‘Making money out of murder’

Islington Council has been accused of profiting from “murder” after an investigation by Islington Now revealed that the authority has nearly £5m invested in companies dealing in the arms trade.

The deadly weaponry on this tank was made by a subsidiary of BAE Systems

Figures obtained under the Freedom of Information Act show that at the end of last year the council’s pension fund held £4.9m of shares with seven key players in the defence industry.

More than a third of the investments (£1.92m) is in BAE Systems, Europe’s largest defence firm. The company has been at the centre of controversy in recent weeks for producing parts of the F-16 fighter planes used to bomb the Gaza strip and cluster bombs recently outlawed under the International Convention on Cluster Munitions.

Campaign groups branded the figures “shocking”. Michael Johnson, who works with Campaign Against the Arms Trade (CAAT), said: “It’s not just that these companies make weapons. They make money out of murder – and so does the council.

“There’s been a major outcry against the bombings in Gaza. BAE trades with Israel and Gaza, they have offices there. Where is the action that says: ‘We’re not going to profit from the murder of Palestinians?’”

Local politician Jon Notts, a former Green Party parliamentary candidate for Islington North, insisted it was unacceptable for public bodies to invest in an industry that supported unethical powers abroad.

He said: “The Green Party is fundamentally opposed to the arms trade and the sale of weapons to oppressive regimes. We are against central or local government investing in this sector in any capacity.”

The council’s pension fund, which represents more than 5,000 members of staff and former employees, states that it aims “to promote corporate and social responsibility” in its investment strategy.

An F-16 fighter similar to those used in Israel's bombardment of Gaza and designed by BAE

But the local authority has claimed that its greatest responsibility is to its investors. 

A council spokesman said: “Islington’s pension fund is regulated by law. The council, acting as a trustee of the pension fund, is legally bound to get the best return on investments and reduce the burden on council tax payers. This is the case for all local government pension schemes across the country. 

“We continually review our policies on socially-responsible investment.”

But campaigners argue that ethical investment funds have matched the FTSE 100 over recent years and can actually outperform other investments over long periods.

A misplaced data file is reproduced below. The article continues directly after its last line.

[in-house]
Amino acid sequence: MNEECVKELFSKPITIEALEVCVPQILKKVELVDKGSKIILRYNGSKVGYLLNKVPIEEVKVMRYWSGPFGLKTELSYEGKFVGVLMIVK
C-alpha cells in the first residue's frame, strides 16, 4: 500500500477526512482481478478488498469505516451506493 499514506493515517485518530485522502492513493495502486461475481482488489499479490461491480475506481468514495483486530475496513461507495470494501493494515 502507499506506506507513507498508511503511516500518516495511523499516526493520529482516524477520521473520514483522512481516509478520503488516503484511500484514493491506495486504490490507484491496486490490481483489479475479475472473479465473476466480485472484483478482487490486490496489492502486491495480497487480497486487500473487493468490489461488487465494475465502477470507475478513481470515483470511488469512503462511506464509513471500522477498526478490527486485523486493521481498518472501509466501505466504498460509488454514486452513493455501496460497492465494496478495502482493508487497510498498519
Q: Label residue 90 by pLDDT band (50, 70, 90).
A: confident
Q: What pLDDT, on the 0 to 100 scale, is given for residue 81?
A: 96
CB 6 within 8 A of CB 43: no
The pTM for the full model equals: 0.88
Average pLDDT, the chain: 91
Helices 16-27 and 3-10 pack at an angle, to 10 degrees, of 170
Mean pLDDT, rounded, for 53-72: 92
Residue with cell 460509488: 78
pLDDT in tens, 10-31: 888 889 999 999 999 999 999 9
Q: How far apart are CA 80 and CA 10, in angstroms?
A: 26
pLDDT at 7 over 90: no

The revelation comes in the wake of a growing trend in public bodies towards more ethical investment policies. In 2006, a report by the CAAT found that 45 universities held more than £15m in companies involved in the arms trade.

Since then, many of them have bowed to pressure from students and campaign groups to withdraw their investments, including SOAS, Goldsmiths, the University of Manchester, University of Wales, Bangor and St Andrews, as well as the previous biggest investor, University College London.

The total value of the council’s pensions fund at the end of last year was around £560m, meaning that arms investments amount to less than one per cent of the total. CAAT argues that this is all the more reason to withdraw them.

Mr Johnson, 29, said: “It’s such a tiny proportion of the overall investment that selling the shares isn’t actually going to prejudice the overall fund’s value. It’s going to make more difference to BAE in terms of their reputation and how other funds view holding their investment than it’s going to make to Islington.”

But Unite, the largest trade union in Islington which represents many of those with investments in Islington’s pension fund, refused to condemn the council. A spokesman said: “We don’t have a position on the matter.”

For more information visit: www.islingtonnow.co.uk

But is it art?

The girl sits on the bed, spine arched backwards, leg kicked high in the air. Dressed in denim shorts and black leather boots, her slim frame is tanned and lithe. She seems amused at her own audacity: her mouth is open in a cabaret gasp, her tongue licking her lips suggestively while wisps of blonde hair frame her face.

leg-up-lighter2This photograph, by Valerie Phillips, is one of 68 currently on show in Jaguarshoes bar, near Old Street. The exhibition, entitled “You’re so sexy baby – shut the fuck up” is made up of photographs of Lacy, a girl from Oklahoma, whom Ms Phillips met while researching one of her books and who has since become one of her most prolific subjects. What has caused controversy is that in most of the pictures, Lacey is between 13 and 16 years old.

The previously unseen images range from Lacey looking after horses on a farm to more controversial images of her in a glamourous dress posing on a table or wearing a bikini in a swimming pool. The images are possessing, attractive, and so all the more disturbing when a second glance reveals that the seductress is a nymphet in her early teens. Yet outright condemnation misunderstands the issue.